Kultur Shock 15th Anniversary at Chop Suey [Slideshow]
Seattle’s premier caravan of gypsy-punk-metal hellions, Kultur Shock, blew last weekend open with a marathon fifteenth anniversary celebration at Chop Suey Friday night, and it was a hell of a party.
A wonderful assemblage of humanity packed Chop Suey. Tippling Slavs gleefully sang along with singer Gino Srdjan Yevdjevich in their native tongue, even as energized punks and headbangers ricocheted against each other at the front of the stage (interestingly enough, a significant quotient of females seemed to be dishing out the slam-dancing). And the band, well, they couldn’t have been better.
Yevdjevich, dreadlocks exploding from the back of his otherwise shorn head, commanded the stage with a potent combination of headbanging bad-assery, gypsy charm, and political-firebrand passion. Guitarist Val Kiossovski threw fierce surf-guitar licks and Mideastern swirls atop the band’s heavy-metal crunch. The band’s bassist Guy Davis (also a member of storied Seattle rock trio Sage) and drummer Chris Stromquist kept the rhythms beneath the whole surging mass of sound lock-step perfect. Seattle multi-instrumentalist Amy Denio punctuated the songs with stabs of skronking sax and percussive vocalizing from another world. And if there’s another human being alive who plays violin with the artistry and uninhibited sensuality of KS’s Paris Hurley, please let me know their identity so’s I can crush on them, too.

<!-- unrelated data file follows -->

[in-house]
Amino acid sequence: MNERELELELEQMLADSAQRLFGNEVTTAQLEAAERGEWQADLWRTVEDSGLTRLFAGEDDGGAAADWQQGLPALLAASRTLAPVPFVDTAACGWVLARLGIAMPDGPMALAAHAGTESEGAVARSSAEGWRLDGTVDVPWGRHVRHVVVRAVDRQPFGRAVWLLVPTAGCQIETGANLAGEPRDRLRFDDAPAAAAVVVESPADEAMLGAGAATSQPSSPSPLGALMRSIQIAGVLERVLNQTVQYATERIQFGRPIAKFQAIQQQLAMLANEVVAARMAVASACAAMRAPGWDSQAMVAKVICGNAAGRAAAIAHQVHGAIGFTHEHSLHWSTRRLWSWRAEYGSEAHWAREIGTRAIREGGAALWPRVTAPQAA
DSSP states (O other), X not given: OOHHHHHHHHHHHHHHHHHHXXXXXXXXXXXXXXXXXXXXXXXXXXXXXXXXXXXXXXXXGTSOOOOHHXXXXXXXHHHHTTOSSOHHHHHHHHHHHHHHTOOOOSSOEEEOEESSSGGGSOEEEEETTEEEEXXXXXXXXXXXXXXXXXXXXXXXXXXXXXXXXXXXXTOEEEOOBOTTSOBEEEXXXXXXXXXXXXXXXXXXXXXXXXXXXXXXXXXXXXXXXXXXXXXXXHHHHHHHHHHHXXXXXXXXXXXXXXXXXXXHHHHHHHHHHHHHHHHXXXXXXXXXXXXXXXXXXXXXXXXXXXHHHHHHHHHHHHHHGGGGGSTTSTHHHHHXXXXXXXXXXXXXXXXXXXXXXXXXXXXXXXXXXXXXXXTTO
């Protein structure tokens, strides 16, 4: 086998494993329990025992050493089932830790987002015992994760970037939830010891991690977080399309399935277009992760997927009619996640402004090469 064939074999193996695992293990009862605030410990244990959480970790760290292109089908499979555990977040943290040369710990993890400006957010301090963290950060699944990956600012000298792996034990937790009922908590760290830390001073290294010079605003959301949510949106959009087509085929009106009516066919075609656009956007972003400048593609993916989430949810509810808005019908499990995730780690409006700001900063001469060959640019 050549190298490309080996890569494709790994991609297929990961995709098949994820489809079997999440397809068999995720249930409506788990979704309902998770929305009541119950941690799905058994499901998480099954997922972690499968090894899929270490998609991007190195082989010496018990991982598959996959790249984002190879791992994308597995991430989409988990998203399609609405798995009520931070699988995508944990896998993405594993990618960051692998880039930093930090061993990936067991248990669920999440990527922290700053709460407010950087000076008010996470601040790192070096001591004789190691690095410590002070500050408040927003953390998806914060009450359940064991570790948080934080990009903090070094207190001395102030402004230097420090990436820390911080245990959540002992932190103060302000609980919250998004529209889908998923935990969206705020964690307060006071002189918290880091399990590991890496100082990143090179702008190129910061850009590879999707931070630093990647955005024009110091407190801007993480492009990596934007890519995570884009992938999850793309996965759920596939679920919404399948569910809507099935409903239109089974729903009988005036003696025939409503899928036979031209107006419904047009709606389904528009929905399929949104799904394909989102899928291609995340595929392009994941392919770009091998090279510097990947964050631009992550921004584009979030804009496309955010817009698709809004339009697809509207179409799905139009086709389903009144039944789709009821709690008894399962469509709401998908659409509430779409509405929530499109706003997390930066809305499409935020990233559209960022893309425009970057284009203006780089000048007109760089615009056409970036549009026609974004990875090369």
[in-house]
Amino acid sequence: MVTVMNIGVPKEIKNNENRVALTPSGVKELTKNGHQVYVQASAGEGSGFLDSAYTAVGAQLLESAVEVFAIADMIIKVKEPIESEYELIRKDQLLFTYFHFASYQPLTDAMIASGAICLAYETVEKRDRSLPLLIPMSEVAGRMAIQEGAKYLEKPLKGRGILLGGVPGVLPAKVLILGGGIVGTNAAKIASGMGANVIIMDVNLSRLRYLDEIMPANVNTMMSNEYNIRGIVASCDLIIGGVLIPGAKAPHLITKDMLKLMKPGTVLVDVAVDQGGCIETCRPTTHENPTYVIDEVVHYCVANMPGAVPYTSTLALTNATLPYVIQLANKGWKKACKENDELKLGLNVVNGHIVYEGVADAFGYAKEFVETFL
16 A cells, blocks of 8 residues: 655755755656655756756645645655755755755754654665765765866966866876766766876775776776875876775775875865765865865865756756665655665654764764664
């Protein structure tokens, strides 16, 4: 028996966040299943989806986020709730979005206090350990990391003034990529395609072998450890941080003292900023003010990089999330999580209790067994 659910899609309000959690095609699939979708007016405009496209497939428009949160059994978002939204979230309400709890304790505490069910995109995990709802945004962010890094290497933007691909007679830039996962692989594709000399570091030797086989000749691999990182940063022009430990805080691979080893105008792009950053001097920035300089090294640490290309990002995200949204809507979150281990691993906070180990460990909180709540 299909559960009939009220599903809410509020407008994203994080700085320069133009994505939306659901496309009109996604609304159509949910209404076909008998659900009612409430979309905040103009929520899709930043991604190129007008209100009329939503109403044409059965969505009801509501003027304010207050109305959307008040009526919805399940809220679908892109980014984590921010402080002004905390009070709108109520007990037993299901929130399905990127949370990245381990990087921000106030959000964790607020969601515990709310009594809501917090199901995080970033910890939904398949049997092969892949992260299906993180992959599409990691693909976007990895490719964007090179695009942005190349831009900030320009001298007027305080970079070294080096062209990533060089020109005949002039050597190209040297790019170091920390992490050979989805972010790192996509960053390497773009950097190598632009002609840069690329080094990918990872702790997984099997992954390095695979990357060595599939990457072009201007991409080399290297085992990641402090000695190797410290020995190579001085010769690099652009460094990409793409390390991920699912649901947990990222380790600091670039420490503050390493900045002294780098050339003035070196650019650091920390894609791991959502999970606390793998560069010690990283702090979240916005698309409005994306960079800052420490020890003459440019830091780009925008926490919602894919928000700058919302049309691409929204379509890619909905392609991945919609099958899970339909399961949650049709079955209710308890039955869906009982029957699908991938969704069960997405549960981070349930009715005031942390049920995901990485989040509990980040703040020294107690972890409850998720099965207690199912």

Kultur Shock’s presence has been so ubiquitous on flyers and posters around town for so many years that it’s easy to pass them by. After seeing them live, that’s a mistake I’ll never make again. Nothing can beat seeing them work a stage in person, but pull up their website and play the stream of Ministry of Kultur while viewing the enclosed slideshow. That might come close. Maybe.